There is no denying that this is hard, but it’s on you to decide between two roads; the road that makes you bitter, or the road that makes you better.   You have been given the opportunity (yes, opportunity) to put your courage to the sticking place and learn, grow, and become who you are meant to be in this life. 

And you are meant to be chronically fabulous. 

Here are some tips to help you establish your potential to become chronically fabulous and grow where you are planted, even if you are currently trying to find your footing among the rocky and often temperamental lupus terrain.  

  • Cultivate an attitude of gratitude:  When you wake up in the morning, no matter how much noise your lupus is producing, say these words to yourself “I CHOOSE JOY.”  Then try counting your blessings – not your calamities.  
  • Remember your value: You are not of less value because you have lupus.  Author Max Lucado once stated, “You are valuable because you exist. Not because of what you do or what you have done, but simply because you ARE.” If you work/don’t work, have children/don’t have children, etc., it does not determine your value, and neither does your diagnosis.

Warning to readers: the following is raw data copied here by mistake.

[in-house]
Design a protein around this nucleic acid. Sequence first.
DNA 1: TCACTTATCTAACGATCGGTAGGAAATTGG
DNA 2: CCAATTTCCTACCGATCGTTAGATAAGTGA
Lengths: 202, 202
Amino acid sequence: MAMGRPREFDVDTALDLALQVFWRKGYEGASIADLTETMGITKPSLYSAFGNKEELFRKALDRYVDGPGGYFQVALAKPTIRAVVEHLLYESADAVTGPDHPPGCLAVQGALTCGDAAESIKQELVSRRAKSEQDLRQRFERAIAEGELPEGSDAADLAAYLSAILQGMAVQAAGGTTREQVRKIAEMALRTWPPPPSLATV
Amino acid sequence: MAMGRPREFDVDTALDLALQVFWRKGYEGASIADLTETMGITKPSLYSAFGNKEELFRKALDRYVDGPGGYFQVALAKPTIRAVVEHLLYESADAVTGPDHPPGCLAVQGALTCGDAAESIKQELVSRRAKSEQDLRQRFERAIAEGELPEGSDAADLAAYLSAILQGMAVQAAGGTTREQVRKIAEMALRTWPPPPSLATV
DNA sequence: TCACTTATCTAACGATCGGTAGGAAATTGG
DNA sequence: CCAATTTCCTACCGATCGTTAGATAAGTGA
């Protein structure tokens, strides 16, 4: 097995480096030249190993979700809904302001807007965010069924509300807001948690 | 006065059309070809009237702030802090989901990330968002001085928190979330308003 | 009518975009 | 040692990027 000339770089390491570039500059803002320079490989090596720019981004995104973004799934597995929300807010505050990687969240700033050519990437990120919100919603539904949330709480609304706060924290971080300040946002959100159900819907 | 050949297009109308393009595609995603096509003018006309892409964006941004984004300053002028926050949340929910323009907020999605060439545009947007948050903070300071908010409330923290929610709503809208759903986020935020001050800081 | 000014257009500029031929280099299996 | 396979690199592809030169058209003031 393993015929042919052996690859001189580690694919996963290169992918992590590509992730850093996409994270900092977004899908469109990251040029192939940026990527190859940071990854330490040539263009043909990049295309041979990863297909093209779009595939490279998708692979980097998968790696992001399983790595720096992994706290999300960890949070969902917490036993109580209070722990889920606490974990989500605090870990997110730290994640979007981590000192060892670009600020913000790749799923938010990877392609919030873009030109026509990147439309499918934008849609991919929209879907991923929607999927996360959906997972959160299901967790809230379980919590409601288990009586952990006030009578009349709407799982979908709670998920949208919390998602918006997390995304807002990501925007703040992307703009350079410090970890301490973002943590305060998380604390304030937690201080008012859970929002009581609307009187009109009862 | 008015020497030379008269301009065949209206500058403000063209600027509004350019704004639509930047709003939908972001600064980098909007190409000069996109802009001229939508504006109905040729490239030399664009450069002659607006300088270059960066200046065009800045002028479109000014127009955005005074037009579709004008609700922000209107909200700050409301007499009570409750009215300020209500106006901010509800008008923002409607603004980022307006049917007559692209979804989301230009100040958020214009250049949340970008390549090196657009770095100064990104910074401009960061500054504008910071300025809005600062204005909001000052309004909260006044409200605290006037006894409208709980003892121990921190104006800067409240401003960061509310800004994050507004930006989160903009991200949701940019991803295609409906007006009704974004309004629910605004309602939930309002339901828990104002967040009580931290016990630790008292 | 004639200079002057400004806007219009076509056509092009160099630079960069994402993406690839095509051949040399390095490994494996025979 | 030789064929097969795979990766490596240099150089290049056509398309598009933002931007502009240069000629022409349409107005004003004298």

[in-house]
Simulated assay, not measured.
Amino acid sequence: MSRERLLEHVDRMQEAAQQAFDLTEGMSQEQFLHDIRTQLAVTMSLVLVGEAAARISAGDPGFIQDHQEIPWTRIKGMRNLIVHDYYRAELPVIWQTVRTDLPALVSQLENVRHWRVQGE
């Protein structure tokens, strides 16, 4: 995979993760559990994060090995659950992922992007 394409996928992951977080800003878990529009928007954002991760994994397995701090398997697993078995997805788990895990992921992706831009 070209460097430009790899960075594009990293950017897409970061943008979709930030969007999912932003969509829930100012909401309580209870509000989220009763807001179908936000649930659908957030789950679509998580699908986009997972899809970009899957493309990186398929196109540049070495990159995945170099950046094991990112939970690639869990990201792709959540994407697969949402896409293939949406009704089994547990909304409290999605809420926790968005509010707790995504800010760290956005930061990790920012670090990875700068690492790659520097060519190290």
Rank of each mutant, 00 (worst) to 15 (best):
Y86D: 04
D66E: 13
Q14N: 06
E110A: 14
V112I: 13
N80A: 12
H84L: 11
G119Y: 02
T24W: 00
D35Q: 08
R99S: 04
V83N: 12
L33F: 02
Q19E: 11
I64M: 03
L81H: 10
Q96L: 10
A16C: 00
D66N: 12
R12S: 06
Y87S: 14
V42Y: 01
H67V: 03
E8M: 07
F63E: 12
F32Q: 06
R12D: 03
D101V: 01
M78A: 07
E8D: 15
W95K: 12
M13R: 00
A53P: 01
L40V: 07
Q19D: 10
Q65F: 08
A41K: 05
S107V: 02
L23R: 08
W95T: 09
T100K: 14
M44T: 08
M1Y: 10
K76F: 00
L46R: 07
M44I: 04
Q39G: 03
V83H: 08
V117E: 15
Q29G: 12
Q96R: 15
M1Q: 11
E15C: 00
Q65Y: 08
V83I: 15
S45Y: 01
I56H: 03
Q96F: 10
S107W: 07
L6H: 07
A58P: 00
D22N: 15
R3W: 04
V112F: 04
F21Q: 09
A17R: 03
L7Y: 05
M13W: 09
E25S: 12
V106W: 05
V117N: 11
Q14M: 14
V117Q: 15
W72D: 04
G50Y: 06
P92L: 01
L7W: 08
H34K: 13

• Let go of the past: Henry Wadsworth Longfellow once said, “Look not mournfully into the past, it comes not back again. Wisely improve the present, it is thine…”  Be mindful of who you are in the present, accept the beauty of where you are today. You can’t grow where you are planted – if you are relying on yesterday’s sunshine.  It’s gone.  
  • Welcome new experiences:   Try to make an effort to be a part of the land of the living.  Remember, you will have lupus if you stay home or if you try and be social.  Isolating yourself (in many cases) will only lead to a diminished self-worth, depression, and shame.  After living with lupus for 28 years, I have learned that getting over the mental hurdle of stepping out the door is a hard one, but is usually very rewarding. I guarantee if you make just the smallest effort (maybe that means going to coffee with a friend, or walking your dog around the block) you will not regret it. Say yes if you can to new experiences, even if your first instinct is to say no.